Now that Mitt Romney has shown himself politically vulnerable after Iowa, more people are taking a closer look at his claims about the “RomneyCare” health care plan he helped create as Massachusetts governor. In this interview from April 2010 which recently recirculated last month, Romney attempts to draw some distinctions (as well as acknowledge similarities) between his RomneyCare plan and the national ObamaCare plan. One of the alleged virtues of RomneyCare over ObamaCare is that Romney’s plan does not contain “price controls,” whereas ObamaCare does. But how does this stack up against reality?
Romney’s claim may have been technically true at the time the plan was enacted. But according to the New York Times, this was a deliberate choice on the part of Romney and the Massachusetts lawmakers when they passed the law in 2006. They aimed for “universal coverage” first, and decided to worry about controlling costs later. In other words, they knew that costs would be a problem but chose to kick the can down the road. It’s like borrowing money from a loan shark then saying, “At least I don’t owe him any money right now!”
But even before Romney’s 2010 claims, the state had already implemented some price controls. As Michael Tennant notes, “Requiring insurers to cover those with pre-existing conditions at the same rates as healthy individuals — another feature of the Massachusetts law that Romney praises — surely qualifies as a price control.”
Similarly, requiring insurance companies to provide numerous mandatory benefits (including lay midwives, orthotics, and drug-abuse treatment) and then denying insurers’ requests for rate increases to cover their increased costs is another form of price control.
Yet another price control considered (but ultimately not implemented) was a proposal to compel doctors to accept patients covered by the state’s “Affordable Health Plans” at government-set payment rates or else lose their state medical licenses.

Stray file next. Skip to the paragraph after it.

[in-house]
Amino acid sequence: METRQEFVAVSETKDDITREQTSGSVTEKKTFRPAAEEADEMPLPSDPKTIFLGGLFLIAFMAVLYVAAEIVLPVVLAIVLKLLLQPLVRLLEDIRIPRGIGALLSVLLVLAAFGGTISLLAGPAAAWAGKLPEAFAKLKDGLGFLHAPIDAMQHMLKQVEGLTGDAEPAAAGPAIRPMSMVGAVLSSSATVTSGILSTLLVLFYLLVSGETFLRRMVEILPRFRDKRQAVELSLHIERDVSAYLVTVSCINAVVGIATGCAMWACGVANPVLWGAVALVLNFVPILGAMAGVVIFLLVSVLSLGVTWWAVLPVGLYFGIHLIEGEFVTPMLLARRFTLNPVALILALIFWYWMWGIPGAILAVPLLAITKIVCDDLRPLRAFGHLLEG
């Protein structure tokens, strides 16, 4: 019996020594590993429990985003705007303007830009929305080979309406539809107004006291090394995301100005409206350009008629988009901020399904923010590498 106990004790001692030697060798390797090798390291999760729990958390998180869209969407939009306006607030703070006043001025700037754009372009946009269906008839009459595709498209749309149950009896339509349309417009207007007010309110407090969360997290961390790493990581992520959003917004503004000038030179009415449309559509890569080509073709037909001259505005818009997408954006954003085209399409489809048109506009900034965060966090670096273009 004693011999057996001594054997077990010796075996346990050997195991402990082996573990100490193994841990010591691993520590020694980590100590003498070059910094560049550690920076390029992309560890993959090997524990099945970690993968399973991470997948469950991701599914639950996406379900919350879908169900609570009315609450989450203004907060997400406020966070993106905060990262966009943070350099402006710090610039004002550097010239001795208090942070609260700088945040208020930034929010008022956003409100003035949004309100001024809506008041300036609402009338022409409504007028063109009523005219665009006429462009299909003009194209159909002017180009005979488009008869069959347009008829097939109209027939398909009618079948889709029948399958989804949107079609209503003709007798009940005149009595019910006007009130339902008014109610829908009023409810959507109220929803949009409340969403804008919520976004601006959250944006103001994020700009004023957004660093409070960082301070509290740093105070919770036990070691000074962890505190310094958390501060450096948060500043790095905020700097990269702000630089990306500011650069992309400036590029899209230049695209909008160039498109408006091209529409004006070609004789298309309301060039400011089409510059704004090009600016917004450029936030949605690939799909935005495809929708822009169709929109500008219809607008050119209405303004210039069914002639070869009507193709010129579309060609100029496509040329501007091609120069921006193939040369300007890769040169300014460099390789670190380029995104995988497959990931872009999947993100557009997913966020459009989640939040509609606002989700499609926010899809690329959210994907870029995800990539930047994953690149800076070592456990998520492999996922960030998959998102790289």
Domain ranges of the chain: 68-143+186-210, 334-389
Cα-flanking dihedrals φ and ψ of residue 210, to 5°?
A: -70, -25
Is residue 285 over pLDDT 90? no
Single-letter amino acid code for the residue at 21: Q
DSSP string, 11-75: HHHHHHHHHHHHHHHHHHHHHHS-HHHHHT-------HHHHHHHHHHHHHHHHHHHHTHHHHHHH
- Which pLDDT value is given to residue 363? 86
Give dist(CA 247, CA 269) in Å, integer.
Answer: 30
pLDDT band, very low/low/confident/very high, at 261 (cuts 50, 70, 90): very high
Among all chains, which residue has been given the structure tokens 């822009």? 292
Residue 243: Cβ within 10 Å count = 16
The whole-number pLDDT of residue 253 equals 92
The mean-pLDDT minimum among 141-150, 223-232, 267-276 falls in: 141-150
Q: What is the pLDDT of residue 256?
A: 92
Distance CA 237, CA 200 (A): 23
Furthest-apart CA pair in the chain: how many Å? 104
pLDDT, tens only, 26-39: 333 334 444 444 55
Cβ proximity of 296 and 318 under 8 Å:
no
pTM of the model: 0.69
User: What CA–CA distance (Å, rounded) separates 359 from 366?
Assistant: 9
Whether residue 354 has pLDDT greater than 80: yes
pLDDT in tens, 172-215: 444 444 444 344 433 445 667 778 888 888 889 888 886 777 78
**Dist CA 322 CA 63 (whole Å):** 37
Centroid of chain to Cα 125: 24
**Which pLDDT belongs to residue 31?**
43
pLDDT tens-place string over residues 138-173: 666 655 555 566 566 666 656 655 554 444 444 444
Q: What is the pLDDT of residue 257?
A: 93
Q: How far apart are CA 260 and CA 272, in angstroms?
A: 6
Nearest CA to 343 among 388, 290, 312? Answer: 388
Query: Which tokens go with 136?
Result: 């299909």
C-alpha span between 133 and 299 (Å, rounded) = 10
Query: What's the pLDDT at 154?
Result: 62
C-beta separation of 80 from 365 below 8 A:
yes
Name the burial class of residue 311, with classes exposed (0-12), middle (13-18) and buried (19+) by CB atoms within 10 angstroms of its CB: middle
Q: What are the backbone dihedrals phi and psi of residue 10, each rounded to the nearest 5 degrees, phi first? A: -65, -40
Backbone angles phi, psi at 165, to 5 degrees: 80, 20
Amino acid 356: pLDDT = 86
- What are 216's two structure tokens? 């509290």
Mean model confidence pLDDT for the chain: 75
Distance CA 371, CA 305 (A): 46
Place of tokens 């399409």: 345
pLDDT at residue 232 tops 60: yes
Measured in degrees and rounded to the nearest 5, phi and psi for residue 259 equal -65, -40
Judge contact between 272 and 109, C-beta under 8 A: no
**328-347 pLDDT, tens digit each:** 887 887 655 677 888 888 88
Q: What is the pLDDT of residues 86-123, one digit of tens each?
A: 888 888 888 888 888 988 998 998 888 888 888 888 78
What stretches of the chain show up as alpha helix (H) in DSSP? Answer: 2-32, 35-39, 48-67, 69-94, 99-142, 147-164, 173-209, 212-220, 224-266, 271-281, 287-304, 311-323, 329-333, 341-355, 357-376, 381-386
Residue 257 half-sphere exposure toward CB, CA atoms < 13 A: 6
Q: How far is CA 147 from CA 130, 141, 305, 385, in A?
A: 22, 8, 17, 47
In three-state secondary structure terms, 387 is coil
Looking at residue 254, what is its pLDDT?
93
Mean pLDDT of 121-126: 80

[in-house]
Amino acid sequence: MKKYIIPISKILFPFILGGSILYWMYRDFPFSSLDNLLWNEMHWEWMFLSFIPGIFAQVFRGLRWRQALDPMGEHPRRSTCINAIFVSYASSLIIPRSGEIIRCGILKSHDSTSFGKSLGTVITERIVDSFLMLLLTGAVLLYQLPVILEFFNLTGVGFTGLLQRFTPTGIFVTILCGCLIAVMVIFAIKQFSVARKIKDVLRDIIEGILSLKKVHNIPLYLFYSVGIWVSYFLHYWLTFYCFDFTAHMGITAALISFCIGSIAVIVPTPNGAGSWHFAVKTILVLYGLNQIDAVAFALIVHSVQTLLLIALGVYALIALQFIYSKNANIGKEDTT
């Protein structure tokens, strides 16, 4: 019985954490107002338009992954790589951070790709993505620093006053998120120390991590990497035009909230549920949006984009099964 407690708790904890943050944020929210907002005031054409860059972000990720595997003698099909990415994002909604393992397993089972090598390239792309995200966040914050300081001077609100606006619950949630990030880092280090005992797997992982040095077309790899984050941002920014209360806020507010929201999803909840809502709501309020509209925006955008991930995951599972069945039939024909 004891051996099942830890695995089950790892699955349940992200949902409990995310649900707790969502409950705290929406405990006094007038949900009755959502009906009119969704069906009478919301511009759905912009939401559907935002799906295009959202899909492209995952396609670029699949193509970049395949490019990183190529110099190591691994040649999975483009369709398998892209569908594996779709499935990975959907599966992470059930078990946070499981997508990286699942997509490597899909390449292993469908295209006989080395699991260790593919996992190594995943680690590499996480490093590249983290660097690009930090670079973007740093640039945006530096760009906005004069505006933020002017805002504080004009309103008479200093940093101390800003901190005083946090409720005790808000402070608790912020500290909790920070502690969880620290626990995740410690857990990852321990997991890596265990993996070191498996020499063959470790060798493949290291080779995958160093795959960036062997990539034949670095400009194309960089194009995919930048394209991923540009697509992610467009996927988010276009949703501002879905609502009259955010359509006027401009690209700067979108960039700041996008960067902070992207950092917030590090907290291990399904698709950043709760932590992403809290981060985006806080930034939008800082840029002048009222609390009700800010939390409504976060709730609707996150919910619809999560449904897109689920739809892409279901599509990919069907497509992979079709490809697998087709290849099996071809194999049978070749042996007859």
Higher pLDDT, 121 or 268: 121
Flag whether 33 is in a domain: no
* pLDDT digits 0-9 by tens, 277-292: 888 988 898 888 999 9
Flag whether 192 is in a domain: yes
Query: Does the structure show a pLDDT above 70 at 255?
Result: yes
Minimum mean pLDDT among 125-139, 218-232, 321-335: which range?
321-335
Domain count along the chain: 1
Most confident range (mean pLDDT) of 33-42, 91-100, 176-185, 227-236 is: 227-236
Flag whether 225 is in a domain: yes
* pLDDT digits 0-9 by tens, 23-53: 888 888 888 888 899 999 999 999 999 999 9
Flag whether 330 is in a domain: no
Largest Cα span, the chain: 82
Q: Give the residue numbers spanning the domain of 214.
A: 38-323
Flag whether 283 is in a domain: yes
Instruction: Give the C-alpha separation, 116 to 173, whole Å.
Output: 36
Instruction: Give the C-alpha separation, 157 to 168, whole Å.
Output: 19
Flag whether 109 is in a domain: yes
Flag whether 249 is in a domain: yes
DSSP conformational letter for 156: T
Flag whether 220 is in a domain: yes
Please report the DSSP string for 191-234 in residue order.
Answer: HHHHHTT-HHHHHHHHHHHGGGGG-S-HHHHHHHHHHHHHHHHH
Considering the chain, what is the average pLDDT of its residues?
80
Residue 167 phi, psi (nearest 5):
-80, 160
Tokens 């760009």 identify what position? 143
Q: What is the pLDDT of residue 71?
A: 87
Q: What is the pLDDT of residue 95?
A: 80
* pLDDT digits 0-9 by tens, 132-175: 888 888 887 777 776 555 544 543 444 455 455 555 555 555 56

And because costs continue to rise faster in Massachusetts than in the rest of the country, the state is planning to ban paying hospitals and physicians for actual services rendered and instead implement mandatory “bundled” or “global payments.”
Under this system, doctors and hospitals would band into large networks or “accountable care organizations” (ACOs) and receive a fixed fee for taking care of a patient’s medical needs for that month (or year). If the providers spent less than their fee, they would keep the remainder. If their costs exceeded the fee, they would eat the difference. Another variation would be to pay providers a fixed fee per each “episode of care” (such as a heart attack or a hip replacement surgery), regardless of how few — or many — unforeseen complications arose. Either way, such mandatory caps on payments for medical care are an overt form of price control.
In theory, “bundled payments” are supposed to encourage doctors to work together to minimize unnecessary tests and treatments. However, in practice they will have two serious negative consequences.
First, “bundled payments” will create a powerful incentive for providers to skimp on care. The ACO administrator might ask a doctor, “Do you really need to take Mrs. Smith to surgery now for her heart problems — or can she get by with just medications for a little while longer? And does she really need the high-end antibiotic that kills 99% of bacteria? Or can we get away with the cheaper drug that works 85% of the time? We’ve already burned through her fee for this year, so anything else you do for her comes out of our pockets!”
Second, they will create an incentive for providers to avoid the sickest patients. As one physician describes:
Young healthy patients who may need a day or two in the hospital for their pneumonia will be readily admitted as there will be a high likelihood of profitability with the ensuing bundled payment. Pneumonia patients with diabetes or with HIV who will likely need long admissions and expensive medications will become hot potatoes. Community hospitals will find reasons to transfer high utilizers to other facilities. Perhaps they need an endocrinology consultation. Perhaps they need an infectious disease specialist. Bundled payments will create an incentive to avoid treating obese patients, cancer patients, and other patients with chronic diseases.
Dr. Stewart Segal calls such patients “ACO lepers.” Instead of being rewarded for caring for the sickest patients, many doctors will avoid them or send them to other providers as quickly as possible. Bundled payments thus reverse the incentives for physicians, rewarding them for not practicing medicine. And it will be the sickest, most vulnerable patients who will suffer the most under such a system.
Finally, if “global” or “bundled” payments fail to control costs sufficiently, Massachusetts has a backup plan. The Beacon Hill Institute recently noted, “A Special Commission on Provider Price Reform has come up with recommendations that, in effect, put the insurance companies in the business of imposing price controls on hospitals.” One way or another, more price controls are coming to Massachusetts.
In conclusion, Romney’s claim that the Massachusetts plan didn’t include price controls may have been technically true at the time the law was passed. But he helped create an unsustainable system that has quickly and predictably led to price controls — with still more to come. Hence, Romney’s claim is disingenuous if not downright misleading.